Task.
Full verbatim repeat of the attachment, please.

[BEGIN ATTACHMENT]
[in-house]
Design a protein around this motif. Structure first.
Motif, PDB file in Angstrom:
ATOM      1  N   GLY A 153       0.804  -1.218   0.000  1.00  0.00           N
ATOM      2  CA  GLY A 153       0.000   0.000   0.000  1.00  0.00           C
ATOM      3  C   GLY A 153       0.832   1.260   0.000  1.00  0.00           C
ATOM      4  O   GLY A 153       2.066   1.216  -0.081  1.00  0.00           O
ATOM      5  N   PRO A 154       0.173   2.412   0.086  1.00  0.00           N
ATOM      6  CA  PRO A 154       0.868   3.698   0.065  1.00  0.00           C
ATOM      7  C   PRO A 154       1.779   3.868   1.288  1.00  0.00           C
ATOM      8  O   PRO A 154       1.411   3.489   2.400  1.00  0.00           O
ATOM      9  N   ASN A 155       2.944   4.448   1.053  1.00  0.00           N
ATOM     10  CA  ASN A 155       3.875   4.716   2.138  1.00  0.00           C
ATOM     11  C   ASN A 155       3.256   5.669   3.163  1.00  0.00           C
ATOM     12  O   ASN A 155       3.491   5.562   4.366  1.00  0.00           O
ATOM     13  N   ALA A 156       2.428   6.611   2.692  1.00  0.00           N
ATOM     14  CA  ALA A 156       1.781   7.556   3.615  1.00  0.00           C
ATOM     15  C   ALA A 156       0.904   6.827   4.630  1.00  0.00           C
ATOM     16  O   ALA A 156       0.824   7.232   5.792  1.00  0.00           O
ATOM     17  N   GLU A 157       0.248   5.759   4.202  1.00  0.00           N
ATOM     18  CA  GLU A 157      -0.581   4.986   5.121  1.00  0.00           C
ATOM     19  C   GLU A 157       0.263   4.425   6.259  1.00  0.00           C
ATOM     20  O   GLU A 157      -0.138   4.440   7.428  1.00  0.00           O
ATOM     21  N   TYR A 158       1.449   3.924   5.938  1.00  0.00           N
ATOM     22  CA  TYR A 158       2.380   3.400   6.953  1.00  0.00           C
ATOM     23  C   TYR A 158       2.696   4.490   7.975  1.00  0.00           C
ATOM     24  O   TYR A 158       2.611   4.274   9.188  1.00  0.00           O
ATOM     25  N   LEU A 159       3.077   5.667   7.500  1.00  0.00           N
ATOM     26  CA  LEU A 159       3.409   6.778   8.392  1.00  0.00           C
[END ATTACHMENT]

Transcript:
[in-house]
Design a protein around this motif. Structure first.
Motif, PDB file in Angstrom:
ATOM      1  N   GLY A 153       0.804  -1.218   0.000  1.00  0.00           N
ATOM      2  CA  GLY A 153       0.000   0.000   0.000  1.00  0.00           C
ATOM      3  C   GLY A 153       0.832   1.260   0.000  1.00  0.00           C
ATOM      4  O   GLY A 153       2.066   1.216  -0.081  1.00  0.00           O
ATOM      5  N   PRO A 154       0.173   2.412   0.086  1.00  0.00           N
ATOM      6  CA  PRO A 154       0.868   3.698   0.065  1.00  0.00           C
ATOM      7  C   PRO A 154       1.779   3.868   1.288  1.00  0.00           C
ATOM      8  O   PRO A 154       1.411   3.489   2.400  1.00  0.00           O
ATOM      9  N   ASN A 155       2.944   4.448   1.053  1.00  0.00           N
ATOM     10  CA  ASN A 155       3.875   4.716   2.138  1.00  0.00           C
ATOM     11  C   ASN A 155       3.256   5.669   3.163  1.00  0.00           C
ATOM     12  O   ASN A 155       3.491   5.562   4.366  1.00  0.00           O
ATOM     13  N   ALA A 156       2.428   6.611   2.692  1.00  0.00           N
ATOM     14  CA  ALA A 156       1.781   7.556   3.615  1.00  0.00           C
ATOM     15  C   ALA A 156       0.904   6.827   4.630  1.00  0.00           C
ATOM     16  O   ALA A 156       0.824   7.232   5.792  1.00  0.00           O
ATOM     17  N   GLU A 157       0.248   5.759   4.202  1.00  0.00           N
ATOM     18  CA  GLU A 157      -0.581   4.986   5.121  1.00  0.00           C
ATOM     19  C   GLU A 157       0.263   4.425   6.259  1.00  0.00           C
ATOM     20  O   GLU A 157      -0.138   4.440   7.428  1.00  0.00           O
ATOM     21  N   TYR A 158       1.449   3.924   5.938  1.00  0.00           N
ATOM     22  CA  TYR A 158       2.380   3.400   6.953  1.00  0.00           C
ATOM     23  C   TYR A 158       2.696   4.490   7.975  1.00  0.00           C
ATOM     24  O   TYR A 158       2.611   4.274   9.188  1.00  0.00           O
ATOM     25  N   LEU A 159       3.077   5.667   7.500  1.00  0.00           N
ATOM     26  CA  LEU A 159       3.409   6.778   8.392  1.00  0.00           C